Terahertz (THz) is the last unexplored frontier of the electromagnetic spectrum (EM) and offers unparalleled opportunities with its highly desirable detection, imaging, and therapeutic properties. THz waves are human-safe and offer unparalleled opportunities and information unavailable until today.

While today it’s inconceivable to imagine a world without X-Rays, Radio, Microwaves and other waves, Tera waves remained largely unused.  TERA’s revolutionary technology has been able to overcome the difficulties in generating power and resolution in the most cost-effective and efficient way.

Terahertz THz waves are located between 300- 3,000 GHz are highly desirable due to their exceptional sensing and diagnostic capabilities, when illuminated on many biological or chemical materials.

TERA is also developing TeraWater Formulations based on molecular resonance at various electromagnetic frequencies

THz Waves Technology Explained

Discovered in 1896, one year after the X-Ray, THz were described as the ‘hidden light’. THz waves (300-3,000GHz frequencies, THz, or Tera) are a particular section in the EM spectrum, located between microwaves (RF) and infrared (IR) waves, known as the ‘THz gap’ that have never been successfully utilized or commercialized.

THz wavelengths are longer than the infrared wavelength allowing them to penetrate deeper than IR. Conversely because THz waves are shorter than RF, they have a higher resolution.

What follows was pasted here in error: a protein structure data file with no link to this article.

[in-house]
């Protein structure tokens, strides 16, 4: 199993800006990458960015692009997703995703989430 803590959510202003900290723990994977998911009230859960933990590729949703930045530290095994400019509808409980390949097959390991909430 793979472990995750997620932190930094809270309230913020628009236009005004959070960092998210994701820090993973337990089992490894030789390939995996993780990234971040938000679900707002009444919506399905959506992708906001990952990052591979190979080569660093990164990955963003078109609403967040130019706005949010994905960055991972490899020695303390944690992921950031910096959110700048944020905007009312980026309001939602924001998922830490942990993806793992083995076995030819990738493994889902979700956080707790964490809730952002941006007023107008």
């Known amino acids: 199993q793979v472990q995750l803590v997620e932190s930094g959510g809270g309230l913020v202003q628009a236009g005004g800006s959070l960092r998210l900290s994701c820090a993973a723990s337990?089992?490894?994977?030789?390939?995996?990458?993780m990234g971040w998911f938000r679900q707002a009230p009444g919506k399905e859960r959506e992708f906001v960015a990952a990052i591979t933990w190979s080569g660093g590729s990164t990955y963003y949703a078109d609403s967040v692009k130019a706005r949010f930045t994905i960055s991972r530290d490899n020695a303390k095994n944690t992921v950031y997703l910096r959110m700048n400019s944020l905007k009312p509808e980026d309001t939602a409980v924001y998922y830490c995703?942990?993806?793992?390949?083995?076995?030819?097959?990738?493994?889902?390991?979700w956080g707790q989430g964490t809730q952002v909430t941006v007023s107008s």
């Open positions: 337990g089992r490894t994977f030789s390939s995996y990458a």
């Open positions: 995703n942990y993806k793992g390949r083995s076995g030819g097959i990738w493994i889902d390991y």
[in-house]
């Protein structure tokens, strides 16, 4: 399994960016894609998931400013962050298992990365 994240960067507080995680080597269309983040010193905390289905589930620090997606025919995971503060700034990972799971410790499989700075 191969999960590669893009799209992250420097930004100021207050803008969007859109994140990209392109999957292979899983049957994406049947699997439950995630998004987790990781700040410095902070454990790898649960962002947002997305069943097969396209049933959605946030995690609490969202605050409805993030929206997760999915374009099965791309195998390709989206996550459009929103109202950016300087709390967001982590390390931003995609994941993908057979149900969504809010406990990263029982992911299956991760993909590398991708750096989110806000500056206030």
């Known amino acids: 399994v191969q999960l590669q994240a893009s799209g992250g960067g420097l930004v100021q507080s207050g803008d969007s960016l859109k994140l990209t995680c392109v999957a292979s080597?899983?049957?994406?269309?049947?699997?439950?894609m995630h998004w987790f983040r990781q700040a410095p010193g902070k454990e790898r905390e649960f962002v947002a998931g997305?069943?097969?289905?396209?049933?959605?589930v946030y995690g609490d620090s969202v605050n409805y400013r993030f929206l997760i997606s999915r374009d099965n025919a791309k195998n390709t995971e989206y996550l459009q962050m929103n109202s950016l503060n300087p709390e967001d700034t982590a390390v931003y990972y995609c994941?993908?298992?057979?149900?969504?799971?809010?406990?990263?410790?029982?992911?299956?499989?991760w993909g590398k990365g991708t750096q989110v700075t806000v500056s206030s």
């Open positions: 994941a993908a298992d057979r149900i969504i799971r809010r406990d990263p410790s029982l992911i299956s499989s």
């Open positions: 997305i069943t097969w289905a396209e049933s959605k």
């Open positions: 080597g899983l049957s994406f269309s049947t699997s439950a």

THz technology has made huge strides in the last 30 years and is now an established inter- disciplinary field. In the earlier part of the 20th century, THz was more commonly associated with the far end of IR and was limited to fields such as astronomy. However, the development of the laser-based spectroscopy in the 1980’s and 1990’s transformed THz technology, so it could be applied to every day uses, such as sensing, and imaging to name just a few.

The size of THz waves gives it the ability to detect and sense a wide range of biological and chemical components via analysis of their spectral signatures/fingerprints, thus acting as a molecular radar. THz wavelengths function at molecular level and while this poses more challenges, its microscopic size enables the creation of new and innovative applications.  

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